What to do in a Major Accident
Photo source: wordfreak
If your teen is ever in a major car accident, chances are that in the commotion and panic he will not remember all of your advice on what do to in case of an accident.
All drivers, not just new ones, should carry an auto accident report kit in the car. The kit should include accident procedures and an accident report form. When you are frantic, the last thing you want is to worry about insurance guidelines or trying to find a piece of paper. You should also always have a pen in your car.
You must file a police report
A major accident will be handled differently than a minor accident because more action, attention, and detail is required. Whereas some minor accidents are not reported to police or insurance companies, major accidents will require both police and insurance company involvement. Major car accidents are those with injury, those that cannot be moved out of traffic, or those that have caused significant property damage.
Check for injuries and call 911
After any car accident, try to remain as calm as possible. Check yourself and everyone involved for injuries. If there are serious injuries, make sure you request an ambulance when you call 911. If you are located in an unfamiliar area, look for any street sign or exit sign that can give clues as to your location. This will obviously speed assistance.
Do not move a seriously injured victim as doing so could worsen the injury. However, if the victim is in danger of further harm, such as a car fire, then move the victim to safety.
If possible, move your car off the road
Once you have confirmed that all people involved are safe, then you can worry about the cars. If possible and legal, move the cars out of traffic’s way and turn the cars off. Check your state laws, since in some states it is against the law to move cars from the accident scene.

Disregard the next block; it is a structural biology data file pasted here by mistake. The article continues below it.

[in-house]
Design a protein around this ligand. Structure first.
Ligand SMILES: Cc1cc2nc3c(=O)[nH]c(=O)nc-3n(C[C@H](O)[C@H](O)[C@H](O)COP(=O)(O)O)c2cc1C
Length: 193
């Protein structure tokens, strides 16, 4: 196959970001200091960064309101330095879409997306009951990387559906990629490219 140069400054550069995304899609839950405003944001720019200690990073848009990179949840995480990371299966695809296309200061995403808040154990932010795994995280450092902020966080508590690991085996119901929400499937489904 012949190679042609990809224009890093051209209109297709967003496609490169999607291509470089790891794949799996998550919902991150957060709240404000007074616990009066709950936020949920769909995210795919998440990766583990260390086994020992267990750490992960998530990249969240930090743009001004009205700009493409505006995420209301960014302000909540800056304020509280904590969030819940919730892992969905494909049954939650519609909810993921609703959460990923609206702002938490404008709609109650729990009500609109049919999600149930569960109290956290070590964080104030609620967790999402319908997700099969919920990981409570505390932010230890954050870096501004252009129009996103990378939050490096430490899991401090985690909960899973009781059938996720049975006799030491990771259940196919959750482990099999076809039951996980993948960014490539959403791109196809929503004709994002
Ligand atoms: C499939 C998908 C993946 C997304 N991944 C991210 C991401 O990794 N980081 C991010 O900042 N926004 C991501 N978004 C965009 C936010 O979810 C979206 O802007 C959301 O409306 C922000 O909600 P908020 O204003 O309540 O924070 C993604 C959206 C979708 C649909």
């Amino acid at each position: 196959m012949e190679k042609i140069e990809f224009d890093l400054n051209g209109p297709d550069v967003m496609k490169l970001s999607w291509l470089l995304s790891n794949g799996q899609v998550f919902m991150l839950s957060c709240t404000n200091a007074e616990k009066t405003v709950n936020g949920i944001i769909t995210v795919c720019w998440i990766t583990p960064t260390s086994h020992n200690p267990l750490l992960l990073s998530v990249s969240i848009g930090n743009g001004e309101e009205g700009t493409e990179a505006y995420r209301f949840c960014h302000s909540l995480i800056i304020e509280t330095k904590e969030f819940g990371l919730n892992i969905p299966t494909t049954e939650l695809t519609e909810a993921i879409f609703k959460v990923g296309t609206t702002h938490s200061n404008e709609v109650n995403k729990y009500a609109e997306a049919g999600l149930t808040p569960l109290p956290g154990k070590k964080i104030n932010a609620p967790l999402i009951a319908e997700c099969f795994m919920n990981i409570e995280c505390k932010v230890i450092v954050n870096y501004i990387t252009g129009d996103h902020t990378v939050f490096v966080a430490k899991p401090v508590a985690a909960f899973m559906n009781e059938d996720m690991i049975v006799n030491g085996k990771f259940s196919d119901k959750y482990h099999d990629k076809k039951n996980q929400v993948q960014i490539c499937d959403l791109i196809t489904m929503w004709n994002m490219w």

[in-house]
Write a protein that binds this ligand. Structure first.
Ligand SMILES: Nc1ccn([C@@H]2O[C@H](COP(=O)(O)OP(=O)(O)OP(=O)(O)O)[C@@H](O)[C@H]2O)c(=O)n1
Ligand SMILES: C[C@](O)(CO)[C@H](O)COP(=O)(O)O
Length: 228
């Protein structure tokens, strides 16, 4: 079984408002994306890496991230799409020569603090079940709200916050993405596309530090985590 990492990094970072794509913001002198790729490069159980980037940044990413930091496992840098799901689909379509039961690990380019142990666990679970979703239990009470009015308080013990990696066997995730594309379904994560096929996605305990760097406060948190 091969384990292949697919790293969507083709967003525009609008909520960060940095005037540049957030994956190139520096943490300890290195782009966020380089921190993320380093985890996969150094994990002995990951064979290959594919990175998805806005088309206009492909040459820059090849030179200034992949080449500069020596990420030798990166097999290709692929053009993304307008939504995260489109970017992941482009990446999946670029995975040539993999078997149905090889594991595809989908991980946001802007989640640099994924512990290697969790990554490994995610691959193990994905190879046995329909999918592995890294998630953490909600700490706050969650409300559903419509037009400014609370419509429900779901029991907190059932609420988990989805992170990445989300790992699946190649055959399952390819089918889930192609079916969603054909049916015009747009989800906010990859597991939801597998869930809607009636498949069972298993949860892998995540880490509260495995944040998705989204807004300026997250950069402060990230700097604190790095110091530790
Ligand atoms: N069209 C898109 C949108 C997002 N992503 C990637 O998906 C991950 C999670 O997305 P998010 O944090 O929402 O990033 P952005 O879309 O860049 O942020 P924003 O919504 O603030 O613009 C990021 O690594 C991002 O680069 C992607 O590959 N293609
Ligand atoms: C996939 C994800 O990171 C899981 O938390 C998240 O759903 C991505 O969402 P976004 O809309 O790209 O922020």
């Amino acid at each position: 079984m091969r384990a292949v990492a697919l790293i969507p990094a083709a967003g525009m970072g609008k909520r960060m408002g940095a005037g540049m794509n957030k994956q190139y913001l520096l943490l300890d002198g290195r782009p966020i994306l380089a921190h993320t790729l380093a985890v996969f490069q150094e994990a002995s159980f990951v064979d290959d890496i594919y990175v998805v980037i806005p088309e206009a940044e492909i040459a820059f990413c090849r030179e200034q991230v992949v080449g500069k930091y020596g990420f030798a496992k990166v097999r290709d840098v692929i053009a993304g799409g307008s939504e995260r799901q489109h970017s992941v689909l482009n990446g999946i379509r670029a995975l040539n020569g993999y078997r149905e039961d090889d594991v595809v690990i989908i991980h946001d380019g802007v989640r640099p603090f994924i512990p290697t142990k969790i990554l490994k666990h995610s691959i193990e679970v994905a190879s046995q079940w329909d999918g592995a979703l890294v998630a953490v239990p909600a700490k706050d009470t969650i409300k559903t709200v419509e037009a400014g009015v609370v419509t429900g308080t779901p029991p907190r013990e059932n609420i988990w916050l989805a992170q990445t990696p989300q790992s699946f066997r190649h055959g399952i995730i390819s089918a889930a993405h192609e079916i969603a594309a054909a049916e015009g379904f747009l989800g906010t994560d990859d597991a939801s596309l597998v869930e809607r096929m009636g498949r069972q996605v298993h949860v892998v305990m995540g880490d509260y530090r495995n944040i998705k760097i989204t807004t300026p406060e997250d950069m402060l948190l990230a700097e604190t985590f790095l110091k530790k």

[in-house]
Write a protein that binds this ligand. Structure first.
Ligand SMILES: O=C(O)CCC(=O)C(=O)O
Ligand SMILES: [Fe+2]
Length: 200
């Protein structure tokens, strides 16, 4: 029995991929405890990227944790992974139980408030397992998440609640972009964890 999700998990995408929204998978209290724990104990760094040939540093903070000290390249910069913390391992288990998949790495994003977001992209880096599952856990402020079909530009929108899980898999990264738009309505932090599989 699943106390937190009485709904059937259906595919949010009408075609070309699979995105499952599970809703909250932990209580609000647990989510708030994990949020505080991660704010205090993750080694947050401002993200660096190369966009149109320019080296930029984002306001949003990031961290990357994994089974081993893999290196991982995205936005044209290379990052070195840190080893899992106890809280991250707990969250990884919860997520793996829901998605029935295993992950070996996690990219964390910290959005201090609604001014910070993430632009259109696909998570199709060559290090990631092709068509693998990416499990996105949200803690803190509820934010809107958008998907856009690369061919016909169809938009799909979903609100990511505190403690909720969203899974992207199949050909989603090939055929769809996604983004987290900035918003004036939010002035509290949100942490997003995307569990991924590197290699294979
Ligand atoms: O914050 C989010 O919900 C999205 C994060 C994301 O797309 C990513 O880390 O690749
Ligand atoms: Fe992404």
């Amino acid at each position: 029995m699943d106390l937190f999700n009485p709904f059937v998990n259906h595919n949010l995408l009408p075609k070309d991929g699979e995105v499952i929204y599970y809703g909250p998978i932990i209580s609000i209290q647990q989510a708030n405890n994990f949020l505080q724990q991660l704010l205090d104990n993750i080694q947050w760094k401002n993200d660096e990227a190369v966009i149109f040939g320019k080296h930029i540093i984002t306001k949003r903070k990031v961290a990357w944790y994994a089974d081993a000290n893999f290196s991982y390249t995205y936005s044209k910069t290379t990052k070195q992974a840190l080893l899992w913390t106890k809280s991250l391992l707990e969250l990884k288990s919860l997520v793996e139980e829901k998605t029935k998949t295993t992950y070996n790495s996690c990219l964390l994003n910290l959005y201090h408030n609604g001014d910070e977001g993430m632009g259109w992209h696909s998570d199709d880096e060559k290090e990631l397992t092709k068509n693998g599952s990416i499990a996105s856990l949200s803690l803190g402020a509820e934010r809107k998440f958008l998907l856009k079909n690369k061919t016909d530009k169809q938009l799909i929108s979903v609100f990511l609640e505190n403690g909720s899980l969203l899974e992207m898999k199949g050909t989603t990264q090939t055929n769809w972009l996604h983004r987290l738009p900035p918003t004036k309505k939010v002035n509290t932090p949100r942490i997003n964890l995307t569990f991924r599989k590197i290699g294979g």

If the car cannot be moved, turn the car off and turn on the hazard lights. Use road flares if available and necessary. Road flares will be much more visible than your hazard lights at night and in fog, rain, or snow. Do not sit in or stand near your car if there is any risk of being hit by another car.
Never admit or assign blame
Never admit fault to anyone, apologize, or accuse another driver of being at fault. An accident scene is not the place for argument, so keep calm and polite. Do not sign any papers unless given to you by the police or your insurance company.
When police arrive, they will make an accident report. Be cooperative, truthful, and state the facts. Remember, anything you say to the police can be used against you later. Do not admit fault to the police, even if you think it was your fault. The other driver may have also made a mistake that contributed to the accident. The insurance companies will work this out.
You should have an auto accident report kit in your car (if not, then buy one!). Fill out the accident report form with information about the other driver(s), any witnesses, the scene, damage to the cars, and an explanation of what happened. Do this immediately while everything is fresh in your mind. Be as specific as possible. Take photos of the damage to the cars and of the accident scene. Your own records of the accident can serve as a supplement to the police report for your insurance company.
Driving again after a car accident
After your teen is involved in his first car accident, expect him to be nervous about driving again. Be understanding if he does not want to drive on highways or in inclement weather for a while. You do not want your child driving if he is overly nervous or distracted. However, he eventually needs to get back on the road. You don’t want your child to be forever scared of driving. Make sure that a lesson has been learned and that he is truly ready to drive. After that, pray it never happens again!
The information provided in this post is opinion and not legal advice.
Photo source: http://www.flickr.com/photos/wordfreak/